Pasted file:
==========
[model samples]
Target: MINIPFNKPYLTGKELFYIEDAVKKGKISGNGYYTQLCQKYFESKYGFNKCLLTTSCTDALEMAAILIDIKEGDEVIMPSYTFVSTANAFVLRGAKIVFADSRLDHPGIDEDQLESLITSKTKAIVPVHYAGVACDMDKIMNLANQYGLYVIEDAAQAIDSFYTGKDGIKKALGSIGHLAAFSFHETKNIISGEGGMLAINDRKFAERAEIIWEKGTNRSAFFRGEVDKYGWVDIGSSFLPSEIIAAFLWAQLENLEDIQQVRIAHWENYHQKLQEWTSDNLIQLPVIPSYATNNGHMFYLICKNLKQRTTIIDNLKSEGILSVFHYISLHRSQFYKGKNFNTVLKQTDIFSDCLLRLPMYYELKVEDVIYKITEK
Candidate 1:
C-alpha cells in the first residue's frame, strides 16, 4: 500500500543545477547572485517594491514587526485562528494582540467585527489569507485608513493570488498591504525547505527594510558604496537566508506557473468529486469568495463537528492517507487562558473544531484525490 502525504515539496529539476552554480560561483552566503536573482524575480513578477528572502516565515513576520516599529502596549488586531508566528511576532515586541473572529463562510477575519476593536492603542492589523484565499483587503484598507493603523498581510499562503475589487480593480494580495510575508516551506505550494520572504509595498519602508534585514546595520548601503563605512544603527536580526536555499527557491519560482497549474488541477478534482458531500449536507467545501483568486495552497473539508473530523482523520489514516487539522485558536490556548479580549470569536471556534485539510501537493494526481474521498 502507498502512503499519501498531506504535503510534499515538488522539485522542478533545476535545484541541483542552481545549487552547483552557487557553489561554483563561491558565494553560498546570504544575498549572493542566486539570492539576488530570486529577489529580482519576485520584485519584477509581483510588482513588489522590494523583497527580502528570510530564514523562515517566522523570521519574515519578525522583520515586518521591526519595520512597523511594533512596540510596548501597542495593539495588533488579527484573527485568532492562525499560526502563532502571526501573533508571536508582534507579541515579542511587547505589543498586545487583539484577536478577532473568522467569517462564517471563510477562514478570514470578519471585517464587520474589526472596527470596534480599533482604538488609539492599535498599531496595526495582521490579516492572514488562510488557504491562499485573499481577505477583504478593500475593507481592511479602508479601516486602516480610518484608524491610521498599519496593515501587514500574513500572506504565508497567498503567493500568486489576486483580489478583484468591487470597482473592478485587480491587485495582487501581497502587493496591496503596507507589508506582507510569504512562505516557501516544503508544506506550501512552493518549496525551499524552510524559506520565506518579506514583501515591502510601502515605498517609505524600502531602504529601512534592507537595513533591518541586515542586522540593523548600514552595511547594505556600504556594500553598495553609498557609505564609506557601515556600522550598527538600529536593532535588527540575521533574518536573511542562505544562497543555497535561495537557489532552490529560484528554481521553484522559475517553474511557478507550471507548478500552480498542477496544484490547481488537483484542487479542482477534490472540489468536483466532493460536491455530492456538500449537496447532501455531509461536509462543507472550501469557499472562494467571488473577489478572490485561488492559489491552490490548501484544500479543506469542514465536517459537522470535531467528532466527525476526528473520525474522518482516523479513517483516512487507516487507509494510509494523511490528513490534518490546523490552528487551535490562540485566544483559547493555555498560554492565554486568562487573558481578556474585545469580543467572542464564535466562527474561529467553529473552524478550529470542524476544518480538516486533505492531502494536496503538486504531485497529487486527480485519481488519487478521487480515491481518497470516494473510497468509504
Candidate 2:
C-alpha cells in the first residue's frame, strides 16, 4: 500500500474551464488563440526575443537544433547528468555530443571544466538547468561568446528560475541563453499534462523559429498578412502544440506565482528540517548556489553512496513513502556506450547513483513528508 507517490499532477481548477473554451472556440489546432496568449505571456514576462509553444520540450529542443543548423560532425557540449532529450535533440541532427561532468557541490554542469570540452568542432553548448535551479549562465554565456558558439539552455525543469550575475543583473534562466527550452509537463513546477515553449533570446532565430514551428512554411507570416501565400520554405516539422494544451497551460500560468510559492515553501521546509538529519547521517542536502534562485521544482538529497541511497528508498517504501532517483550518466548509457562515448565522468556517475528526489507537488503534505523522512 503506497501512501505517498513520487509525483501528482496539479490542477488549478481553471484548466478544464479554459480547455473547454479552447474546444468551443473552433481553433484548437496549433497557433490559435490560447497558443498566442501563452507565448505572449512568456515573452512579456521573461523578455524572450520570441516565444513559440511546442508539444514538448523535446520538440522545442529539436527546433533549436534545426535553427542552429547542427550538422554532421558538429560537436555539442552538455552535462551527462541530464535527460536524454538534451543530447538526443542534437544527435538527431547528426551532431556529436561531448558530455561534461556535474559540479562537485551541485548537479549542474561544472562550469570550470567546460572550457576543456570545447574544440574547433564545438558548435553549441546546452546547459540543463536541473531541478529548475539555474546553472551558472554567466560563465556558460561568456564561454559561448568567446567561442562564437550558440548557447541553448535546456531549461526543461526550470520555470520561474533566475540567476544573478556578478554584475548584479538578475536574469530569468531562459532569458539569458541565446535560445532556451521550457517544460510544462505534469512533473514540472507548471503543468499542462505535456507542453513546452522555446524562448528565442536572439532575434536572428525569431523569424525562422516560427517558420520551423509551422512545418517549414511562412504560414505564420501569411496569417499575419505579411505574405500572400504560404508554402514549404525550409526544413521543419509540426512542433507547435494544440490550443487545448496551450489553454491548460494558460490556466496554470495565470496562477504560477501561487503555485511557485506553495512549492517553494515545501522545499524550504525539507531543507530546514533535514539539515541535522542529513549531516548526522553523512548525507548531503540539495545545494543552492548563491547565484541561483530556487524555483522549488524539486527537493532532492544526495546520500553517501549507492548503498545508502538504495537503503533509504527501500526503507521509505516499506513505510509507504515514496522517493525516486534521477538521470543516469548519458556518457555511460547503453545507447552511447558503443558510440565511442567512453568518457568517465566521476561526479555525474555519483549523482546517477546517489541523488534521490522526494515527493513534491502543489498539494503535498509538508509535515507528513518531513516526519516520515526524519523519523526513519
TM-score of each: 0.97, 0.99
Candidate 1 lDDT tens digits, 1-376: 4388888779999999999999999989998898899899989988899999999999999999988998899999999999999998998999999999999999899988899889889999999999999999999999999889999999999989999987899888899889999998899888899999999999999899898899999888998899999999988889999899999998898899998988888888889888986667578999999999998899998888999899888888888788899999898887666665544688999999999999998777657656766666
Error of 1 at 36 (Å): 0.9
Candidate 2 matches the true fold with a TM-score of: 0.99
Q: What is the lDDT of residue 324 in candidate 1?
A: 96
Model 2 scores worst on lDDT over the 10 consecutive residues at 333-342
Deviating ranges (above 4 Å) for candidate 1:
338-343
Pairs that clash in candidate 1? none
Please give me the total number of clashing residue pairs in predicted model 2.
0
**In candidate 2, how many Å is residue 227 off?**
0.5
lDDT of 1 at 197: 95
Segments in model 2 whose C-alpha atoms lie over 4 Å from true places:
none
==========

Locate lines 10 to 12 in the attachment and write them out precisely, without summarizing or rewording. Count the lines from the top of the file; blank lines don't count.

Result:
Candidate 2 matches the true fold with a TM-score of: 0.99
Q: What is the lDDT of residue 324 in candidate 1?
A: 96